The World Trade Organisation (WTO), the first multi-lateral global organisation with rule enforcement rights saw the light of the day on 1 January 1995.
The WTO succeeded the General Agreement on Tariffs and Trade (GATT) which had regulated world trade since 1948. Over the past 25 years, the WTO has made a major contribution towards strengthening and stabilising the global economy, helping to boost trade, resolve numerous disputes and bringing forth developing countries into the trading system. The main objective of WTO is to ensure that trade flows smoothly, predictably and freely. Former Director General of WTO Roberto Azevedo recently made a significant statement: “Global trading system continues to face significant challenges. There is an urgent need to ease trade tensions, resolve systemic issues and further modernise rulebook. By doing so, we can ensure that the WTO continues to provide stability and predictability for trading nations large and small, thereby supporting growth, development and job creation around the world.”
At present, WTO has got 164 member countries that handle 98 per cent of world trade. Twenty-two countries are currently seeking accession as members. WTO is not just about opening markets, in some circumstances its rules support maintaining trade barriers – for example, to protect consumers and the environment or to prevent the spread of disease.
The General Agreement on Trade in Services (GATS) is a significant add-on to the WTO mechanism. GATS defines trade in services in terms of four types of transactions: Mode 1 – cross-border supply (a supplier in one WTO member provides services to a consumer in another member’s territory); Mode 2 – consumption abroad (a consumer from one member consumes services in another member’s territory); Mode 3 – commercial presence (a foreign company provides services through establishment in another member’s territory); and Mode 4 – presence of natural persons (individuals move to supply services in another member’s territory).
Importantly, world trade in services has been growing faster than trade in goods. Services trade grew 5.4 per cent annually on average from 2005 to 2017. Traditional statistics on trade in services do not cover all four modes of services supply, as defined by the GATS. However, a new WTO experimental dataset includes GATS mode 3 – commercial presence in another country – for the first time, thereby capturing the total value of services trade. Using these new estimates, trade in services was worth US$ 13.3 trillion in 2017. Distribution and financial services have emerged as the most traded services globally with each accounting for almost one-fifth of trade in services, while trade in computer services and research and development have recorded the most rapid average annual growth of above 10 per cent from 2005 to 2017. Some services, such as education, health or environmental services account for a negligible share of trade at present but are rising rapidly. Commercial presence accounted for 58.9 per cent of services trade in 2017, followed by cross-border services transactions, at close to 30 per cent. Commercial presence represents an even more important share of trade in finance and distribution sectors. However, increased digitisation is reshaping business models, opening more possibilities for cross-border supply in these sectors too. Developing economies have increased their share in services trade, albeit unevenly; the share of least-developed countries remains small, but has increased significantly since 2005.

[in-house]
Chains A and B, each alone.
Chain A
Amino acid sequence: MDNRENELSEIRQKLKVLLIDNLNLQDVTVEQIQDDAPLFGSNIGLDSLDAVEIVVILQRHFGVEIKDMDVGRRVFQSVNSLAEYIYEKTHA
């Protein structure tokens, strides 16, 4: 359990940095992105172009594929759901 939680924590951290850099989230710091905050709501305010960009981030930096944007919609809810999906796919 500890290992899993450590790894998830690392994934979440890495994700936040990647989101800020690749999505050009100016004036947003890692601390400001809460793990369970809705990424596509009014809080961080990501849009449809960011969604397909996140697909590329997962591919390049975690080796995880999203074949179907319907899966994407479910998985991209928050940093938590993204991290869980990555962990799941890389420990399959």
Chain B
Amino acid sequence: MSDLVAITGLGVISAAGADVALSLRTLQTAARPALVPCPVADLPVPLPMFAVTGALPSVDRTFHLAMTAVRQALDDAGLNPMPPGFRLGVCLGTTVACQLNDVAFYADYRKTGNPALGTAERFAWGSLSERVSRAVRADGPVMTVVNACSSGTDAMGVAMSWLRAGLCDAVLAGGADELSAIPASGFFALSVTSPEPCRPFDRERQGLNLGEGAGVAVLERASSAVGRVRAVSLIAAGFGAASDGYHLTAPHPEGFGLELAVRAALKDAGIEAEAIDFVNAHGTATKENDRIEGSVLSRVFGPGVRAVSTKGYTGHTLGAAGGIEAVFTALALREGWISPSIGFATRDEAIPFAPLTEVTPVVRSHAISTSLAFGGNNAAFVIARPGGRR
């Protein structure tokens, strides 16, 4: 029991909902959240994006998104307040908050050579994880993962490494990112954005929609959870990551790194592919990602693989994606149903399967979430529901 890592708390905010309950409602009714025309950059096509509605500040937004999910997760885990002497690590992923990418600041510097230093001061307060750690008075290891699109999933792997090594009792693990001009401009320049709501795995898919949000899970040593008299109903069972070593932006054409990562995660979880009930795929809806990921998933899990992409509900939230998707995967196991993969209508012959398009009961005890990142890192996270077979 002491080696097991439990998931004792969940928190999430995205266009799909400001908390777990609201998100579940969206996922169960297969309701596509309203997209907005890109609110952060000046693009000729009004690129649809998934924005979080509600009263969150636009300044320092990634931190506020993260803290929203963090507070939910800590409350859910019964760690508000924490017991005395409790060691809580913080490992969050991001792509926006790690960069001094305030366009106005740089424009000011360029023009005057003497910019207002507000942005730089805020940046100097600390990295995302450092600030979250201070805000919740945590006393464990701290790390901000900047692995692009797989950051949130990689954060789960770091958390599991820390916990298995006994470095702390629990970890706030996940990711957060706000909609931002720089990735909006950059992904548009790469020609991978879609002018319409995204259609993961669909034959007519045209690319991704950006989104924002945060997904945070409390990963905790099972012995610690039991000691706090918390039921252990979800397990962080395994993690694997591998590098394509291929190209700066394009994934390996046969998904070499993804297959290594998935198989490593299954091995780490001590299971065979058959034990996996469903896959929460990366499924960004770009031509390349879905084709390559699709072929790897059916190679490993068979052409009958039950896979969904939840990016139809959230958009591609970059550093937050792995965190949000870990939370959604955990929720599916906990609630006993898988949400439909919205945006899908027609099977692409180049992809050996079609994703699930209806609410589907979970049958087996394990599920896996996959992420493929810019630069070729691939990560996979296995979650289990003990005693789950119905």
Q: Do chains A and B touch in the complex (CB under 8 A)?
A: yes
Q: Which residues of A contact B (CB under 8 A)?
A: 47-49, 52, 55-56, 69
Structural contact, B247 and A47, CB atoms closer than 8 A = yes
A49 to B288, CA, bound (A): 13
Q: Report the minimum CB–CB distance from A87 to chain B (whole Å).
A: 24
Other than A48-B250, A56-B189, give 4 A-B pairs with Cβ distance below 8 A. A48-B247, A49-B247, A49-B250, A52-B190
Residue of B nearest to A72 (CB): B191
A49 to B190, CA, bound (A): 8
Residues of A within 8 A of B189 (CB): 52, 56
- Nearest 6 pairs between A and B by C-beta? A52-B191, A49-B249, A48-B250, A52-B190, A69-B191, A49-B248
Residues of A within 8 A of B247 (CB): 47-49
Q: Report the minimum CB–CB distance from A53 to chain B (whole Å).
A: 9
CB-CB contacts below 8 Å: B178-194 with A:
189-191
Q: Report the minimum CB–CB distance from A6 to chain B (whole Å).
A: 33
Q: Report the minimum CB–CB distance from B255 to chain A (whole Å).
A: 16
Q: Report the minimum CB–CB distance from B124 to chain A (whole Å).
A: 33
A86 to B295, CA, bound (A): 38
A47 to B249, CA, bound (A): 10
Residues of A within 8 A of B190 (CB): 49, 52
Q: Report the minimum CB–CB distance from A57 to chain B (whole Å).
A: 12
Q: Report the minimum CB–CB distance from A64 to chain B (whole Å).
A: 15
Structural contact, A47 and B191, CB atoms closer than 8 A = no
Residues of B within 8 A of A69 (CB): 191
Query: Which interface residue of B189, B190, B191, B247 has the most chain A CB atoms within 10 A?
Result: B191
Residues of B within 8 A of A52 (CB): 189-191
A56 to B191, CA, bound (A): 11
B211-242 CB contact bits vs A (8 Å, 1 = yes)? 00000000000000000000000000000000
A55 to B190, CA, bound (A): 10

Regional Trade Agreements (RTAs) are reciprocal preferential trade agreements between two or more trading partners, blocs. RTAs have risen in number and reach over the years. Non-discrimination and treating as Most Favoured Nation (MFN) among trading partners are the core principles of the WTO. But RTAs constitute one of the major exemptions. Trade is considered as engine of growth. Merchandise trade grew by 4.6 per cent in 2017, 3 per cent in 2018 and decreased to 2.6 per cent in 2019. The WTO has projected 9.2 per cent fall in volume of world merchandise trade in 2020 due to the pandemic followed by a 7.2 per cent rise in 2021.
Digitisation can accelerate economic growth through innovation. A few countries have embarked upon a new type of trade agreement which aims to create a framework for digital economy. These agreements specify that they co-exist with the parties’ rights and obligations contained in other international agreements such as the WTO agreements and RTAs. New trends are emerging. Australia and Singapore signed the Australia-Singapore Digital Economy Agreement in August, 2020. The World Trade Report 2020 mentions international cooperation can play a significant role in making the pursuit of digital development and technological innovation more effective.
India stands for multilateral, rule based system. During the 11th Ministerial Conference of WTO at Buenos Aires, India strongly expressed its stand on the fundamental principles of WTO which is a bedrock of rule-based multilateral trading system based on consensual decision-making buttressed by independent and credible dispute resolution process.
The writer is a former central banker.
Leave a Reply